Epidemiological evidence that indoor air pollution from cooking with solid fuels accelerates skin aging in Chinese women

J Dermatol Sci. 2015 Aug;79(2):148-54. doi: 10.1016/j.jdermsci.2015.04.001. Epub 2015 May 21.


Background: Recently, we showed that outdoor air pollution exposure from traffic and industry is associated with an increased risk of skin aging in Caucasian women. In China, indoor air pollution exposure caused by the use of solid fuels like coal is a major health problem and might also increase the risk of skin aging in Chinese women.

Objective: As cooking with solid fuels is a major source of indoor air pollution exposure in China, we aimed to test if cooking with solid fuels is associated with more pronounced skin aging in Chinese women.

Methods: We conducted two cross-sectional studies in China to assess the association between cooking with solid fuels and signs of skin aging. In Pingding (in northern China) we assessed N=405 and in Taizhou (in southern China) N=857 women between 30 and 90 years of age. Skin aging was evaluated by the SCINEXA score. Indoor air pollution exposure, sun exposure, smoking and other confounders were assessed by questionnaires. Associations were then tested by linear and logistic regression analyses adjusted for further confounders.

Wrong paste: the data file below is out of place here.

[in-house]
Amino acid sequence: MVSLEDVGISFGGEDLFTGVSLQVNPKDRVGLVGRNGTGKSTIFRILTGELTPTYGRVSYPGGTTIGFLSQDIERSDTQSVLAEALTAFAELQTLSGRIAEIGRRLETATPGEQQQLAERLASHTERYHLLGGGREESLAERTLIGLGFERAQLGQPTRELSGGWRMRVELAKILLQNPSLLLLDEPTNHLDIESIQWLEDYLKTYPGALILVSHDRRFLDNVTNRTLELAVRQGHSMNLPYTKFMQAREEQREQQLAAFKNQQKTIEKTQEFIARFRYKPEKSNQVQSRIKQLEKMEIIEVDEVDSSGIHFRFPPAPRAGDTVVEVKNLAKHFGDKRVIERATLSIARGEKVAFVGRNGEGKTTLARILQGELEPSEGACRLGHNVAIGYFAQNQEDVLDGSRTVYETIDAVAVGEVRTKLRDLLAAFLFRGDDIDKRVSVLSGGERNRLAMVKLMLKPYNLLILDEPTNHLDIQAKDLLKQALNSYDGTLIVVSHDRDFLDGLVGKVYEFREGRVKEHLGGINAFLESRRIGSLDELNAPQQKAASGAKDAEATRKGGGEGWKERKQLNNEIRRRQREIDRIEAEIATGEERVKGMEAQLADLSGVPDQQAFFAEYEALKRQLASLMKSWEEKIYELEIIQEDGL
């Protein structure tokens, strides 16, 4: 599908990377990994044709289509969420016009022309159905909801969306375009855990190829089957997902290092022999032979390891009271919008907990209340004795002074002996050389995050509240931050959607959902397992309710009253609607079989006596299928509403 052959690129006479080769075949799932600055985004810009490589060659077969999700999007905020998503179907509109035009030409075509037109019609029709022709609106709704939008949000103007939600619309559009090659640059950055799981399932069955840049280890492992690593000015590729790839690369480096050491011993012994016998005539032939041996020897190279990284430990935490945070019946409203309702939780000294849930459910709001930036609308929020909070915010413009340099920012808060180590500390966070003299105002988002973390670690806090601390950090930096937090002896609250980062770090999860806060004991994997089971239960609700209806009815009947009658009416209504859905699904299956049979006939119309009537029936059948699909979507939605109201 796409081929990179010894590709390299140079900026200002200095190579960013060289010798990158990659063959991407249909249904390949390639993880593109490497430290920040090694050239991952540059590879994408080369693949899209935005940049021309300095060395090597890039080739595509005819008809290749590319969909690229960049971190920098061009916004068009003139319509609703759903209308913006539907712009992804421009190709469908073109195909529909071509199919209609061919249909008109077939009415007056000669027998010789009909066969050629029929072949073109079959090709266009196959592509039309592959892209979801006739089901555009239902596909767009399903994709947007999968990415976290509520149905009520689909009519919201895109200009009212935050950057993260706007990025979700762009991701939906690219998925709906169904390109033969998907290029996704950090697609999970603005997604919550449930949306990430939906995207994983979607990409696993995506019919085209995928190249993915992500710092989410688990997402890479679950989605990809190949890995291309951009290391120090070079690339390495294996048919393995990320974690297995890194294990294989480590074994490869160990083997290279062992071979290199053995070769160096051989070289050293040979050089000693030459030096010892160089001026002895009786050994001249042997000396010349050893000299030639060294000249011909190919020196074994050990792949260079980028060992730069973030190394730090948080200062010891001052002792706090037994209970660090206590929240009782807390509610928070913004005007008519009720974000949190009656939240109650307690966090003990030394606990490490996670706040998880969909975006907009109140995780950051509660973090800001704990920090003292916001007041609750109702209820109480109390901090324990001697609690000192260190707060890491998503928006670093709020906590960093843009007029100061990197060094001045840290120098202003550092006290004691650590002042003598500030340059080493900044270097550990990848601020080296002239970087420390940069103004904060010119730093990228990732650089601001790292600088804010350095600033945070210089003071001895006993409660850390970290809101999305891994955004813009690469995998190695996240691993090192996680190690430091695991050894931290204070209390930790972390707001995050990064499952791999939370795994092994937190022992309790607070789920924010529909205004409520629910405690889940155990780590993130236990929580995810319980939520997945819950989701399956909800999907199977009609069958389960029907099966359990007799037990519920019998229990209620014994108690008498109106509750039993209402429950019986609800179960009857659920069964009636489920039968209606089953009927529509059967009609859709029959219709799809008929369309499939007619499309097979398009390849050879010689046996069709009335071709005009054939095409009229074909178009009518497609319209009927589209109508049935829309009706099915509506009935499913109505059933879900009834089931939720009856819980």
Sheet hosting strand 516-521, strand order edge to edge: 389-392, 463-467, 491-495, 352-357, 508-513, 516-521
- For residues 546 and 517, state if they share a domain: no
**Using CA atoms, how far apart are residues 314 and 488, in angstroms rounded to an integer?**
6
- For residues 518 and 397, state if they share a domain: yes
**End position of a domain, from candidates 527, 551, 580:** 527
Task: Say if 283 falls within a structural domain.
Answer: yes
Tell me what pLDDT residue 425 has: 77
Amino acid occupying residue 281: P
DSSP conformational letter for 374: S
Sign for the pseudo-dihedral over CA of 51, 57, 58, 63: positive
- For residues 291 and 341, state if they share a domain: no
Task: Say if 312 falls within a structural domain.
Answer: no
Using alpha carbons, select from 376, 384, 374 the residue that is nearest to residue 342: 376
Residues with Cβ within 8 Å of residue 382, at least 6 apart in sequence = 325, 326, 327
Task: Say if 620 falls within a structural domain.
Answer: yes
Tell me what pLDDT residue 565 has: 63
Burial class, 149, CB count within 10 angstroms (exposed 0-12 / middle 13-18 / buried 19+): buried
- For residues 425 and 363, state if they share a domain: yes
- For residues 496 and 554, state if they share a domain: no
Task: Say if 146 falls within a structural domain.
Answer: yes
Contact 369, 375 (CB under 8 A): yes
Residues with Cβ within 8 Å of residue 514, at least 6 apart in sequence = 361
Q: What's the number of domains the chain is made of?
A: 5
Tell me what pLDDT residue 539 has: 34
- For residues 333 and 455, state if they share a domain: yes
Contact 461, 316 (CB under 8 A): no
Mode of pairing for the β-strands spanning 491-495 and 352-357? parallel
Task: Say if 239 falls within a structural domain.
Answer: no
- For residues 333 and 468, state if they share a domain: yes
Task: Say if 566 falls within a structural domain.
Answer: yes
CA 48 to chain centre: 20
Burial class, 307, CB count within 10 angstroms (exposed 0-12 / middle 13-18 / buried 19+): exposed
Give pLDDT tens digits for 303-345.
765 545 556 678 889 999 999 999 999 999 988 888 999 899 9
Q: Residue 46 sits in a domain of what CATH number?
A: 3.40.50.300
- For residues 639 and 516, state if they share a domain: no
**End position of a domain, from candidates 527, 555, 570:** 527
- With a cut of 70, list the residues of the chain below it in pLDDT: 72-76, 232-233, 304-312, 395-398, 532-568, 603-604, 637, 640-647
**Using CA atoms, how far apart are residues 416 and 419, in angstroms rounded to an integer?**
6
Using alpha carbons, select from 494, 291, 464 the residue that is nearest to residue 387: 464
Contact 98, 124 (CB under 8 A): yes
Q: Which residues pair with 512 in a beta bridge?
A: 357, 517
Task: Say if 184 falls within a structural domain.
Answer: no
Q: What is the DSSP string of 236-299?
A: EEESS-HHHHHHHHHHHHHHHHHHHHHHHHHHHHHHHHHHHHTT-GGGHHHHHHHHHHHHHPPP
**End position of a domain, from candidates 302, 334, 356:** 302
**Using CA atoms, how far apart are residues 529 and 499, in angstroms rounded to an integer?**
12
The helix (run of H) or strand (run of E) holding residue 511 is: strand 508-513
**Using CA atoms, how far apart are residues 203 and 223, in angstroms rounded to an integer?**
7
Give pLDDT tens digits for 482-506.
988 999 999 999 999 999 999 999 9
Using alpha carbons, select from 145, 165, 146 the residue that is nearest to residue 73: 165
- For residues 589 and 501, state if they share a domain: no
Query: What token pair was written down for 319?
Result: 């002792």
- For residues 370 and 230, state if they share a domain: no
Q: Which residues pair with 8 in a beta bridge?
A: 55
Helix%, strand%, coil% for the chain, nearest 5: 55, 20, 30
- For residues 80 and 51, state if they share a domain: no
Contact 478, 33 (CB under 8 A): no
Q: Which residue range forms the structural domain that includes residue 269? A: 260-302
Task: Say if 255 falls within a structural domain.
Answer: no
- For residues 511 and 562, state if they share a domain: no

Results: The analysis showed that cooking with solid fuels was significantly associated with a 5-8% more severe wrinkle appearance on face and an 74% increased risk of having fine wrinkles on back of hands in both studies combined, independent of age and other influences on skin aging.

Conclusion: The present studies thus corroborate our previous finding that air pollution is associated with skin aging and extend it by showing that indoor air pollution might be another risk factor for skin aging.

Keywords: Chinese population; Cooking with solid fuels; Indoor air pollution exposure; Skin aging.

Publication types

  • Research Support, Non-U.S. Gov't

MeSH terms

  • Adult
  • Aged
  • Aged, 80 and over
  • Air Pollution, Indoor / adverse effects*
  • China
  • Cooking / instrumentation*
  • Cross-Sectional Studies
  • Female
  • Fossil Fuels / adverse effects*
  • Health Status
  • Humans
  • Inhalation Exposure / adverse effects*
  • Middle Aged
  • Public Health
  • Risk Factors
  • Skin Aging*


  • Fossil Fuels